We have written before about the advantages for us all to go barefoot
- but we never emphasized the need for babies and children to go barefoot too.
Many young parents are anxious to put shoes on their babies as soon as they start to walk but don't be in too much of a hurry.
Bare feet are important for the proper growth of the foot and even for brain development.
There are lots of other good reasons too...
- Going barefoot helps to strengthen the feet and rest of the body. Unfortunately, when children wear shoes, the functions of their feet are altered. Too much conforming and too little freedom.
- Wearing overprotective footwear can interfere with a foot's movement patterns, stabilizing the foot in the shoe which means that the child will not necessarily learn to stabilize their foot without the shoe. The stabilizing effect of modern footwear can interfere with the development of a child’s foot strength, ankle stability and movement patterns for the rest of their life.
- Going barefoot helps with the foot's fine motor muscle development of the foot. Free of shoes, the feet can become acutely sensitive instruments and tools in much the same way as our hands - and we don't wear shoes on our hands!
- Being without shoes allows the reflexology points under the feet to stimulate every major organ in the body.
- And of course there is the whole question of grounding when being barefoot helps children connect with nature, coming in contact with negative ions. These are known to have a healing anti-inflammatory effect on the body. Sadly, the wearing of shoes creates a shield from the earth.
What about health and safety when going barefoot?
Modern health and safety concerns have meant that many children are encouraged to keep their shoes on at all times. Gone are the days when children at nursery school could kick off their shoes the minute they walked in the door - and run and play on the grass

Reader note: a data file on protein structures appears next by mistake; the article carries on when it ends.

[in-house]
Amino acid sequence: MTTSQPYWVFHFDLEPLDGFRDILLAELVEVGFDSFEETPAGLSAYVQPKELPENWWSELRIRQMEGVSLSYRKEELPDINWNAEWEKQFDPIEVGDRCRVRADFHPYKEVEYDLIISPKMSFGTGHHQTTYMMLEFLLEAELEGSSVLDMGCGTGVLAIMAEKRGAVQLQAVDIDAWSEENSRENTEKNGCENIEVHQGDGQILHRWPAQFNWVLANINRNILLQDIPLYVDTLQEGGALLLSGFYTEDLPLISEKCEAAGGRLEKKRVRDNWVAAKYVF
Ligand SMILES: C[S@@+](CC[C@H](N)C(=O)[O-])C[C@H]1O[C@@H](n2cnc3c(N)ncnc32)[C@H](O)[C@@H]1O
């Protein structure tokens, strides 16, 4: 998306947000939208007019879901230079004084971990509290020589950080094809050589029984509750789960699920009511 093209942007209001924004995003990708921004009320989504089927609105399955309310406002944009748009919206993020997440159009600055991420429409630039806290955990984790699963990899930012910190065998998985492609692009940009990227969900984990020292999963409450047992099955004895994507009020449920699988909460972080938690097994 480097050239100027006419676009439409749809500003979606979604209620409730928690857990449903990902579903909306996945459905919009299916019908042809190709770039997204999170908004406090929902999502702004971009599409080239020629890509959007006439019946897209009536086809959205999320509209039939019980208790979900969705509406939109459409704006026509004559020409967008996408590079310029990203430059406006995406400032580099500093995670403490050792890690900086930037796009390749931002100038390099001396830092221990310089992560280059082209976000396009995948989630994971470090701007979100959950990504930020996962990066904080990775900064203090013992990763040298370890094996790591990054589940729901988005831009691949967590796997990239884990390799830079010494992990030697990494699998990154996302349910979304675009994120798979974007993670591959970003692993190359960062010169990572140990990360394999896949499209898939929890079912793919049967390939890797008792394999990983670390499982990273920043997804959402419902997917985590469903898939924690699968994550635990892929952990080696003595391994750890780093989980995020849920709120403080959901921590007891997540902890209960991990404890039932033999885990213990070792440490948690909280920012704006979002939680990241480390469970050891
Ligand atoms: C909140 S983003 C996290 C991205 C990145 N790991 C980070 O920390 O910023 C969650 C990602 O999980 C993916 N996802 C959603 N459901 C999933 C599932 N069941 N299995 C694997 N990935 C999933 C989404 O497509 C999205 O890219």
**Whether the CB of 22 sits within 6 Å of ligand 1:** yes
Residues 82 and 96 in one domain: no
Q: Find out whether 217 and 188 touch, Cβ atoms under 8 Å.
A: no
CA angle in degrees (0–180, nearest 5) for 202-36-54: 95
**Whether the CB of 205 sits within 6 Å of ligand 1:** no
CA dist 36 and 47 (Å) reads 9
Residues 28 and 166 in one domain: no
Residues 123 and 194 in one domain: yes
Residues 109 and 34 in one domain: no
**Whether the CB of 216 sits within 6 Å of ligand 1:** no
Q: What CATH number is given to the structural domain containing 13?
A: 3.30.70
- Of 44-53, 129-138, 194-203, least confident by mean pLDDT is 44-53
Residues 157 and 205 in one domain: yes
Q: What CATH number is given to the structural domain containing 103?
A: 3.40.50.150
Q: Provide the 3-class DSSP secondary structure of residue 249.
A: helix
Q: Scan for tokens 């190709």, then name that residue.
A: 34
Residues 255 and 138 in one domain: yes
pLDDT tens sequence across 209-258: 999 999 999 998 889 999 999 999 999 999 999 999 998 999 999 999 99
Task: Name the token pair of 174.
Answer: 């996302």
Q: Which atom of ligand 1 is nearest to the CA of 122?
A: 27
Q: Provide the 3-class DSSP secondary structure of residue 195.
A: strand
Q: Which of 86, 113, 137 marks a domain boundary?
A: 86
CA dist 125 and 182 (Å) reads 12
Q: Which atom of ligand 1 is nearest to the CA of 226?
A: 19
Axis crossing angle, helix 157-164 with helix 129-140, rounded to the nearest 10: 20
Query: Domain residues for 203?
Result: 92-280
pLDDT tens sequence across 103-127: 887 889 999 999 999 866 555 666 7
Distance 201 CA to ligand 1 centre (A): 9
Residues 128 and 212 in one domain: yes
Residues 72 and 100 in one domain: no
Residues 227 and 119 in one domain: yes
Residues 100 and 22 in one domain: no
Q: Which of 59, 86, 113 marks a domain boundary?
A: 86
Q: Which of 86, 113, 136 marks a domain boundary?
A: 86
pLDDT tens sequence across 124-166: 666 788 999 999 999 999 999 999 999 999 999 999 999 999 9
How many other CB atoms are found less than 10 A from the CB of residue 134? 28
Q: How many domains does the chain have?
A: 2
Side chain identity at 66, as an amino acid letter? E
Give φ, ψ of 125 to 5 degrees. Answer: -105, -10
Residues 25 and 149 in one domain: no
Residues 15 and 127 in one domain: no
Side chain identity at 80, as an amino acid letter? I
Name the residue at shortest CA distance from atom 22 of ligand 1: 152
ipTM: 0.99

or in the sand box.
Parents and teachers alike worry about broken glass, bees, dog feces and more.
My own granddaughter is always running around barefoot on the grass and has probably been stung by a bee a dozen times over the years - but it has not put her off. Her grandmother is equally keen on working on the allotment
barefoot all summer long but luckily without getting stung!
It is said that being barefoot actually keeps children safer because they have more control when climbing trees, running and chasing or playing on the playground. While they do have to be on the lookout for hazards, their feet will be tougher and better able to handle anything.
Please think twice about confining your children's feet to shoes all the time. It prevents the proper development of the foot and could lead to permanent changes to its shape or construction. This in turn can even mean an altered gait, a malformed knee, hip or pelvis in years to come.
For your children's and their feet's sake, let them run and play barefoot on different natural surfaces (grass, dirt, mud, sand or wet leaves) as often as you can.